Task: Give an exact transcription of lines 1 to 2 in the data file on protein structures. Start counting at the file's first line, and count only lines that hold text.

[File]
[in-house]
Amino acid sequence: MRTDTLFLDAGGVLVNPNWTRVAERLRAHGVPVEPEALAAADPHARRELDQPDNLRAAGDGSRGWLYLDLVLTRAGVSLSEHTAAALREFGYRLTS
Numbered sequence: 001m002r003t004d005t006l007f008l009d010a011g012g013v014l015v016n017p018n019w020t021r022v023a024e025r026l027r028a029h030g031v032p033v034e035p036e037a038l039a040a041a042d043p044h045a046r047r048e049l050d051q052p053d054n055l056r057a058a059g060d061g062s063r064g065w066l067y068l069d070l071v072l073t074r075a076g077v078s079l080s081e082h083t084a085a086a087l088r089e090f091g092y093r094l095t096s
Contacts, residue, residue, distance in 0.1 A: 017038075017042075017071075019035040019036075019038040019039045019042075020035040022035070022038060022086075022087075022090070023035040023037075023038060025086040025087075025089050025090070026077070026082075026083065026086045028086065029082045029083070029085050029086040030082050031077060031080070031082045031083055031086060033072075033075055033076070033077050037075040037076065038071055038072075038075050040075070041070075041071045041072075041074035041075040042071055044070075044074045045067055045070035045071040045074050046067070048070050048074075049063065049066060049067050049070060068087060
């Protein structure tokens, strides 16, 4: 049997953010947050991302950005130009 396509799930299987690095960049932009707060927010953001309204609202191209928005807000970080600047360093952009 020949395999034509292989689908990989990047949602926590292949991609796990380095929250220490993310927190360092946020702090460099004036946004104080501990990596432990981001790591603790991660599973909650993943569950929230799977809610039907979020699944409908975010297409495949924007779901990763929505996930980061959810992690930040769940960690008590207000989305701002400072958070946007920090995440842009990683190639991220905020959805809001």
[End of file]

[in-house]
Amino acid sequence: MRTDTLFLDAGGVLVNPNWTRVAERLRAHGVPVEPEALAAADPHARRELDQPDNLRAAGDGSRGWLYLDLVLTRAGVSLSEHTAAALREFGYRLTS